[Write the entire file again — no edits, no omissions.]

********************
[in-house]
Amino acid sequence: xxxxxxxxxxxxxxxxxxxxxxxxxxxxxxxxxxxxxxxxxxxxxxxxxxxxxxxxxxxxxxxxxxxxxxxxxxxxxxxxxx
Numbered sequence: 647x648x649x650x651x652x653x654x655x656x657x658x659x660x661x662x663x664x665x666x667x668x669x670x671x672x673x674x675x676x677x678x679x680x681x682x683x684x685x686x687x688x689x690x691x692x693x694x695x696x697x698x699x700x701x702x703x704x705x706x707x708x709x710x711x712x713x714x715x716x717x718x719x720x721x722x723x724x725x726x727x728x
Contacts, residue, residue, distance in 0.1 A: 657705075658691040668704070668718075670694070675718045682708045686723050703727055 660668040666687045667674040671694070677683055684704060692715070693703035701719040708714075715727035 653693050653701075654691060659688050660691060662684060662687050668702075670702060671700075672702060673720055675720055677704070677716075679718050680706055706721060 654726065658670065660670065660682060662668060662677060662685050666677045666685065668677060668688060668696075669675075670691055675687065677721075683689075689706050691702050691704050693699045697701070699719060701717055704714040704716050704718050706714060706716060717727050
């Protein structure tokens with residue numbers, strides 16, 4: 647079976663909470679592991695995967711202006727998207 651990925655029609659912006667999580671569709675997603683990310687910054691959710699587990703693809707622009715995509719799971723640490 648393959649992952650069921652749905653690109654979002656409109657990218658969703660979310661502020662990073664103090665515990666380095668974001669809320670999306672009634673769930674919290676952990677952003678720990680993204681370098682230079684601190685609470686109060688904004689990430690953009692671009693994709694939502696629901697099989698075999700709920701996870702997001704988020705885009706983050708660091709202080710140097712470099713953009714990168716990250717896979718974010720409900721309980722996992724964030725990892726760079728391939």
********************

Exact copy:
[in-house]
Amino acid sequence: xxxxxxxxxxxxxxxxxxxxxxxxxxxxxxxxxxxxxxxxxxxxxxxxxxxxxxxxxxxxxxxxxxxxxxxxxxxxxxxxxx
Numbered sequence: 647x648x649x650x651x652x653x654x655x656x657x658x659x660x661x662x663x664x665x666x667x668x669x670x671x672x673x674x675x676x677x678x679x680x681x682x683x684x685x686x687x688x689x690x691x692x693x694x695x696x697x698x699x700x701x702x703x704x705x706x707x708x709x710x711x712x713x714x715x716x717x718x719x720x721x722x723x724x725x726x727x728x
Contacts, residue, residue, distance in 0.1 A: 657705075658691040668704070668718075670694070675718045682708045686723050703727055 660668040666687045667674040671694070677683055684704060692715070693703035701719040708714075715727035 653693050653701075654691060659688050660691060662684060662687050668702075670702060671700075672702060673720055675720055677704070677716075679718050680706055706721060 654726065658670065660670065660682060662668060662677060662685050666677045666685065668677060668688060668696075669675075670691055675687065677721075683689075689706050691702050691704050693699045697701070699719060701717055704714040704716050704718050706714060706716060717727050
């Protein structure tokens with residue numbers, strides 16, 4: 647079976663909470679592991695995967711202006727998207 651990925655029609659912006667999580671569709675997603683990310687910054691959710699587990703693809707622009715995509719799971723640490 648393959649992952650069921652749905653690109654979002656409109657990218658969703660979310661502020662990073664103090665515990666380095668974001669809320670999306672009634673769930674919290676952990677952003678720990680993204681370098682230079684601190685609470686109060688904004689990430690953009692671009693994709694939502696629901697099989698075999700709920701996870702997001704988020705885009706983050708660091709202080710140097712470099713953009714990168716990250717896979718974010720409900721309980722996992724964030725990892726760079728391939």